Tour de France 2013: Geraint Thomas on celebrating in Paris

 

Britain's Olympic track champion Geraint Thomas looks back on fellow Team Sky cyclist Chris Froome's Tour de France victory and describes what it was like riding the whole Tour with a fractured pelvis.

The memory of riding down the Champs Elysees on Sunday with my Team Sky team-mates and Chris Froome in the yellow jersey is something I'll always remember.

After what happened in Corsica, when I fractured my pelvis on the first stage, it was so satisfying to make it to Paris and finish the race off with the team. What a great way to end a pretty tough few weeks. It definitely made riding through all the pain worth it.

Geraint Thomas

Thomas crashed in the final kilometres of the first stage of the Tour de France

My hip is a lot better now actually. I felt like I could get out of the saddle and accelerate by the end of the Tour and I felt like I could do a decent job. I was just starting to feel like I could climb OK too, which was good.

That said, the pain was still there as I rode down the Champs Elysees and my legs were feeling it, too. It was a real hard day because mentally, you're up for three big days in the Alps and then your intensity drops a bit.

It's a long day travelling to Paris with the flight and then the bus trip. It was tough, but having the yellow jersey with Froome was brilliant. I took a massive buzz off that. The crowd was unbelievable as well.

There were so many Welsh and British flags out there, cheering for you. It's strange how you can pick out the Welsh and British accents in all the noise. You can still hear them come through somehow. The support and the buzz was just awesome.

I missed the Tour last year to focus on the Olympics. I did want to be there, but I don't regret not going. If anything, it gave me that bit extra, even with the injury, to just keep going and give my best for the team.

Sticking together

The day before the last stage, Froome said he thought it would be quite good if we crossed the line arm-in-arm. We didn't get to do the lap of honour as the stage finished late, so for all of us to do that was nice.

The second and third days were by far the hardest days I've had on a bike

Geraint Thomas

It's difficult to pick out one particular stage where I think the Tour was won. It was down to a real team effort. We lost a few guys early on, but we bounced back from that.

We were strong as a unit the whole way through even with the criticism we got at times. It brought us close together. It was great to go out there and prove a point as a team.

I just want to forget about that whole weekend in Corsica though. It was tough crashing on the opening stage. The second and third days were then by far the hardest days I've had on a bike.

The team time-trial on stage four in Nice was a good day because I was nervous before that. I didn't think I'd be able to do it with the injury so to get through and pull a few turns at the front was a massive boost to morale.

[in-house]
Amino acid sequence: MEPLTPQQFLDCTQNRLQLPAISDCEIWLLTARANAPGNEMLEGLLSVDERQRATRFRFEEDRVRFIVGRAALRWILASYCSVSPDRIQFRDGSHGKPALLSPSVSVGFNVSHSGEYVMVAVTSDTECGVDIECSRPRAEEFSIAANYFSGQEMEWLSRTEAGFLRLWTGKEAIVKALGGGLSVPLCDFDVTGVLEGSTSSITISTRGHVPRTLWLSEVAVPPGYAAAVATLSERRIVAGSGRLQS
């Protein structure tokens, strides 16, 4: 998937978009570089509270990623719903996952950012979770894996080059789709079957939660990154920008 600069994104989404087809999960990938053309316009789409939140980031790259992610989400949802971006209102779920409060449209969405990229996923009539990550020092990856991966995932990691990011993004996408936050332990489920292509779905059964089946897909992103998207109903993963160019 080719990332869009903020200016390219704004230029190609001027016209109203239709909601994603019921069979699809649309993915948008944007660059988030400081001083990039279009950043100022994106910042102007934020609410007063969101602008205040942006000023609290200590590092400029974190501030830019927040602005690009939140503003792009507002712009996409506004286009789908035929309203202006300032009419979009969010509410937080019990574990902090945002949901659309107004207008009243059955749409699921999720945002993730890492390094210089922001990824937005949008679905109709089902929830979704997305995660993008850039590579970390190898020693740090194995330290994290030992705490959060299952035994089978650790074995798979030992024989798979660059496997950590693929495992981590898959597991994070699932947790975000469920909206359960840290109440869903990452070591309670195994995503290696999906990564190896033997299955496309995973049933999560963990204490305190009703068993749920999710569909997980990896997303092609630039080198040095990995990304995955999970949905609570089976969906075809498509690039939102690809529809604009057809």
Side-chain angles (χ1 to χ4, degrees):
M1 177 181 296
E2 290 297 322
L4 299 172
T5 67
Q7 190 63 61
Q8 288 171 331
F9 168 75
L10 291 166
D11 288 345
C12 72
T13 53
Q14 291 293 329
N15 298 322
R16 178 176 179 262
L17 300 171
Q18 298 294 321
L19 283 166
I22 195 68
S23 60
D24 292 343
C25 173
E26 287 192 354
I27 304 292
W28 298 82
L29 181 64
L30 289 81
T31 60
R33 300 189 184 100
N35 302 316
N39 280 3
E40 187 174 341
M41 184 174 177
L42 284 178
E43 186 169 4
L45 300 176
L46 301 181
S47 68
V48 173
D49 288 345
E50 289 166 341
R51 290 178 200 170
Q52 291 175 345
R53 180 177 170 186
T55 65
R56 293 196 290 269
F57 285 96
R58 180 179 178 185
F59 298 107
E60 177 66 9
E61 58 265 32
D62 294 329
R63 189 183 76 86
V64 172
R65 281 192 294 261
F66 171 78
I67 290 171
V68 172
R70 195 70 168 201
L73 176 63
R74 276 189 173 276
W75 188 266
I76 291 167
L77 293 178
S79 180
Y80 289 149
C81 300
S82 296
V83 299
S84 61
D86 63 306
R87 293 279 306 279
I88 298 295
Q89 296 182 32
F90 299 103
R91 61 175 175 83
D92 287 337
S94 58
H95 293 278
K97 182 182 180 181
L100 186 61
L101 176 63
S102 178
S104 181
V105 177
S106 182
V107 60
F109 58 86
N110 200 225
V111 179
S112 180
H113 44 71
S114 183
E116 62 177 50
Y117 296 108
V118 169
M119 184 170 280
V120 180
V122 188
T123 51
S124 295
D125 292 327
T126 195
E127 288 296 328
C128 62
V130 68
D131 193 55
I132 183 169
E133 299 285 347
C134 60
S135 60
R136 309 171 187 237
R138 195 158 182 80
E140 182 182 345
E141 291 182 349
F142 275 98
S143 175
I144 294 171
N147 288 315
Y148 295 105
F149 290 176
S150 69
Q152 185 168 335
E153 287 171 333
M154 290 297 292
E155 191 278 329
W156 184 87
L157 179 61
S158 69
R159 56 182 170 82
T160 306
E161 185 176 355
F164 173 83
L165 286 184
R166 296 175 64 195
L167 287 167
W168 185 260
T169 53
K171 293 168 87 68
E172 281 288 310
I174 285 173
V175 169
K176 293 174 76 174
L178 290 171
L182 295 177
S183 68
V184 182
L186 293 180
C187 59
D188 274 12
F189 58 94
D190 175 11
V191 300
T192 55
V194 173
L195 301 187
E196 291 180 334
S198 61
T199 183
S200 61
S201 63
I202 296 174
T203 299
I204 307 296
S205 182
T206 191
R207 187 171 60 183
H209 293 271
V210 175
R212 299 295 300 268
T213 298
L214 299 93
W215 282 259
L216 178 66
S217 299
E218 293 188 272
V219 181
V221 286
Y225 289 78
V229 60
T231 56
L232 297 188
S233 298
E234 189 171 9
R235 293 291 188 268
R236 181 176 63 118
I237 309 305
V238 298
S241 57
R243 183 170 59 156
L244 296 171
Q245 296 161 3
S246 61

The aftermath

Listen to Froome's Tour de France win

We had a fair few drinks after the race in Paris on Sunday. The team organised an area in the hotel bar. We had some food, chilled out and generally had a laugh. We then went on to a club and just kept drinking.

I left around 05:00 BST which I was quite pleased with. Usually I'm a bit of a lightweight, pass out and am in bed by 11. So I did alright. I was a bit too sore to make it onto the dance floor and I can't really remember much of who was doing what.

After a few hours' sleep, I flew back to Monaco on Monday and headed straight for the supermarket to restock. The basket was full of fruit and vegetables and I'm trying to detox after Sunday night's celebrations.

The next challenge

The plan for the next few weeks is to just chill out and be normal for a bit. I'll hang out with my girlfriend and a few of my mates are coming over to visit next week.

Road World Championships

The 2013 Road World Championships take place in Florence, Tuscany between 21 and 29 September. The team time trials take place on 22 September.

I'm off to see a doctor today to get another MRI scan done and check the injury, but all should be good. I've then got two weeks completely off the bike to really heal properly. I'll be itching to get on the saddle then.

I'm down for the team time trial at the Road World Championships  in September and then Road World Tour races in Hamburg and Montreal, so it's not a heavy programme.

But I'm just looking forward to the last part of the season. Because even though the Tour went really well, and I was feeling pretty good by the end, I didn't get to do what I wanted to do going in there, so I still feel like I've got a few more races in me.